Dludlu: It was a bit of culture shock. I found out that there was a man called Hugh Tracy, a musicologist. He did research in all traditions of music from Capetown to Cairo. He was the man who documented our culture, there’s nothing more painful than going to the US and people tell you who you are. You can not go there and play George Benson, you have to be yourself, that’s what happened to a lot of musicians who left Africa… in those day I’m sure Fela was trying to be like James Brown, Masekela was trying to be Louis Armstrong, and I was trying to be like George Benson. When you get there people will tell you, play your music. I had to look back and try to find myself.
Sam Umukoro Interview: In essence, America helped you discover yourself?
Dludlu: In a way, it is the truth. I am not going to lie to you. You can’t go to the US and try to be George Benson. There are a lot of musicians like George Benson there, more than a hundred. So what are you going to do? You need to be yourself, find yourself; but all that happened through the media, through what we listened to and watched on television.
Sam Umukoro Interview: You’ve won several music awards, including the KORA, but you’ve not won the South African Music Awards (SAMA). How has that affected you and does this push you to do more or do you think you have arrived?
Dludlu: I see myself as an ambassador. I see myself as someone working towards cultural development, to maintain or to sustain our legacy. I never look at myself as someone who has arrived. Arrived from where to go where? I’m happy if I can help my people to realise who they are and move on with our culture, that’s my duty.
Sam Umukoro Interview: You have formed some bands and played in others, how has the journey been so far?
Dludlu: When I worked with Papa Wemba, I realised that we needed to form an African Band that will focus on who we were in a musical context because then there were a lot of things happening and a lot of music with originality was coming from West Africa. We formed a band called Loading Zone, we backed various artists including Brenda Fassie, Sipho Mabuso, Hugh Masekela and even Miriam Makeba… many artists. I discovered myself and my own voice because our music is the only way we can be identified. We were just trying to represent this trend and who we were as individuals, as humans, and we did that. Many people were not ready. Nowadays many now know about African music and they support African music, but back then it was tough. Now there is a huge support for African music, because people like to support what they can relate to.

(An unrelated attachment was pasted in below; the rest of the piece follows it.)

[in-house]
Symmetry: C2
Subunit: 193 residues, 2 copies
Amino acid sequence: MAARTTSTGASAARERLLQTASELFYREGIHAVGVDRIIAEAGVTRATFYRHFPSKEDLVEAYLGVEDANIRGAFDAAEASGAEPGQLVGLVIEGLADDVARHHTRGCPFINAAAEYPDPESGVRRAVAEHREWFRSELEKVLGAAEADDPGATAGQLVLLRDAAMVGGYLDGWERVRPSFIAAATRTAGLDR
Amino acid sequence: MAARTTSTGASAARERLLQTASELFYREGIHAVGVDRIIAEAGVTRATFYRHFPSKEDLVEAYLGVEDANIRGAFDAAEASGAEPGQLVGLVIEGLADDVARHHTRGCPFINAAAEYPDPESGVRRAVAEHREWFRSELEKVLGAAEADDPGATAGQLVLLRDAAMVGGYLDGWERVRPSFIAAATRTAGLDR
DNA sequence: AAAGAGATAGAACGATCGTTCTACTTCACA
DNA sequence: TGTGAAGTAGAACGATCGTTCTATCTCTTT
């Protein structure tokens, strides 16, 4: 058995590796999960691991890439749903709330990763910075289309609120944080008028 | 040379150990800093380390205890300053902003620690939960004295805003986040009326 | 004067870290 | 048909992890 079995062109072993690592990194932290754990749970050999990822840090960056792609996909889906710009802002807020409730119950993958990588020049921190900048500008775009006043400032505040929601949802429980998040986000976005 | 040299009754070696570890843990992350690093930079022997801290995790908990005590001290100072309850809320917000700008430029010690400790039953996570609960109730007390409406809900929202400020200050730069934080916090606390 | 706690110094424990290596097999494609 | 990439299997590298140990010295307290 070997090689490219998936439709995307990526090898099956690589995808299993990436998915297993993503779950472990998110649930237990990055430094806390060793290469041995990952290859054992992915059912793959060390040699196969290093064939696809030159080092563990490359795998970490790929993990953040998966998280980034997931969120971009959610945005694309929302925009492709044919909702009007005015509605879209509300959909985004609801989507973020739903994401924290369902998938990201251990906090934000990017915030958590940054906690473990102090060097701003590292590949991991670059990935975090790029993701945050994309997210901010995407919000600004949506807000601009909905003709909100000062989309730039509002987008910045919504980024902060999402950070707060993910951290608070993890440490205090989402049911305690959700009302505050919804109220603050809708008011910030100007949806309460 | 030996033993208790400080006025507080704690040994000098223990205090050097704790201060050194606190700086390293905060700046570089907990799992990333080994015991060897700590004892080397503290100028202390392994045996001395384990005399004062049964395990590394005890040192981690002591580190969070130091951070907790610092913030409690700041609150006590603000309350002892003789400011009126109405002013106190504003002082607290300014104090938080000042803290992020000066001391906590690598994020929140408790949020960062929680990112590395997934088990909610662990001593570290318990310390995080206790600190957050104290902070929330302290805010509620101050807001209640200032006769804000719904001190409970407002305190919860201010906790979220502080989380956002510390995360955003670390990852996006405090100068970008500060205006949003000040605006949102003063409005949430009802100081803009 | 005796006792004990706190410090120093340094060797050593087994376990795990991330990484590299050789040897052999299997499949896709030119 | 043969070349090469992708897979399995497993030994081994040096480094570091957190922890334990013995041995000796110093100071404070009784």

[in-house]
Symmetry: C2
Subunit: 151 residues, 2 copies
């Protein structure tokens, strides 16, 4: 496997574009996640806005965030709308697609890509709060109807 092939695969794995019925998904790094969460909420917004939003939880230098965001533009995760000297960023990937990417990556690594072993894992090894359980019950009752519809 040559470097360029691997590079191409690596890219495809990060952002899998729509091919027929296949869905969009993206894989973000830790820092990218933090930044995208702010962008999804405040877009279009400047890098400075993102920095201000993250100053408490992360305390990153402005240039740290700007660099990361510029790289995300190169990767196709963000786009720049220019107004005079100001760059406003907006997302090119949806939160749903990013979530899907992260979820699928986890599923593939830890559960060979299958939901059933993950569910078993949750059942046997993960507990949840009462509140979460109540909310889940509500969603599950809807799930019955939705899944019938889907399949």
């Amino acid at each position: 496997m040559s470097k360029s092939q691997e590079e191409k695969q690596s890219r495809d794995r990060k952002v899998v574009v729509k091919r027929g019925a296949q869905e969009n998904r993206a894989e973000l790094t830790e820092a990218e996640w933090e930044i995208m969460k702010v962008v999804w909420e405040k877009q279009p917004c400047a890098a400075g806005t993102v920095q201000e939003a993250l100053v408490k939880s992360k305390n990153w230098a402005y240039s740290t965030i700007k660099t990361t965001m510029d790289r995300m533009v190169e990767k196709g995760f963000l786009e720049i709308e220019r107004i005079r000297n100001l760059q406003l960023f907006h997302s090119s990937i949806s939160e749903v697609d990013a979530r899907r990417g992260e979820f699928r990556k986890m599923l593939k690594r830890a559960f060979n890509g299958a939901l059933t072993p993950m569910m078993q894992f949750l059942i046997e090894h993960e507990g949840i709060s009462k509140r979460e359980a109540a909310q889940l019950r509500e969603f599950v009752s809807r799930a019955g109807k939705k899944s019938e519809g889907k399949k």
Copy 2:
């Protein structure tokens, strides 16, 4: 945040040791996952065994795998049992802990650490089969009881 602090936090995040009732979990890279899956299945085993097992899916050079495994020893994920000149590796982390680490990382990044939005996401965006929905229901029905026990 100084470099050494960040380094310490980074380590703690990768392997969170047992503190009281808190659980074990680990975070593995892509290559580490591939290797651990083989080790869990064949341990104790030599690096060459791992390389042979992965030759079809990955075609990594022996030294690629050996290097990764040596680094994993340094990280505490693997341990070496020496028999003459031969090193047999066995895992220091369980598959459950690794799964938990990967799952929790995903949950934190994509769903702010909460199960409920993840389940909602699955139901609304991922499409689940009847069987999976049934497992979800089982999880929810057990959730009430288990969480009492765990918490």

Sam Umukoro Interview: Who were the members of Loading Zone?
Dludlu: John Hassan, Frank Paco, Jimmy Dludlu, to name a few. I call it a cosmopolitan band, where you have people from all over the world, because I always try to integrate myself with musicians everywhere so that we can have a bigger voice that represents the continent, not only a clan or country.
Sam Umukoro Interview: You say you play African music, but your music has also been classified as Jazz, and there is a debate among musicologists and music experts that even though Jazz has African origins, whether Jazz itself is African is in doubt. Tell me about your Jazz and Afrojazz.
Dludlu: I will break it down for you, American Jazz is mainstream American or smooth Jazz or Fusion… Then you go next door, it’s Afro-Cuban Jazz, you go to Brazil, it’s Brazilian Jazz, and in Africa it comes in different ways. People push the Pop African music and they call it World music, in Southern Africa there are many mainstream artists who were inspired by Jazz artists, then you have township Jazz, but my line of music and what I am trying to do is Afrojazz, which I try to draw from all over Africa in order to have a bigger voice as an African. So it’s not American jazz, it’s Afrojazz.
Sam Umukoro Interview: How popular is Jazz in Africa?
Dludlu: If you say Jazz, again, using a terminology that might…
Sam Umukoro Interview: Okay, let’s define it as Afrojazz.
Dludlu: I will define it as African Jazz because many people in the new generation, who understand the voice is not Afrobeat, it’s not Kwasa-Kwasa, it’s not Pop, it’s not World Music; it’s more progressive but with an African flavour, the same way the Cubans will do. It’s progressive music, not Rumba, not Salsa, but African made Jazz. So we stand on Afrojazz.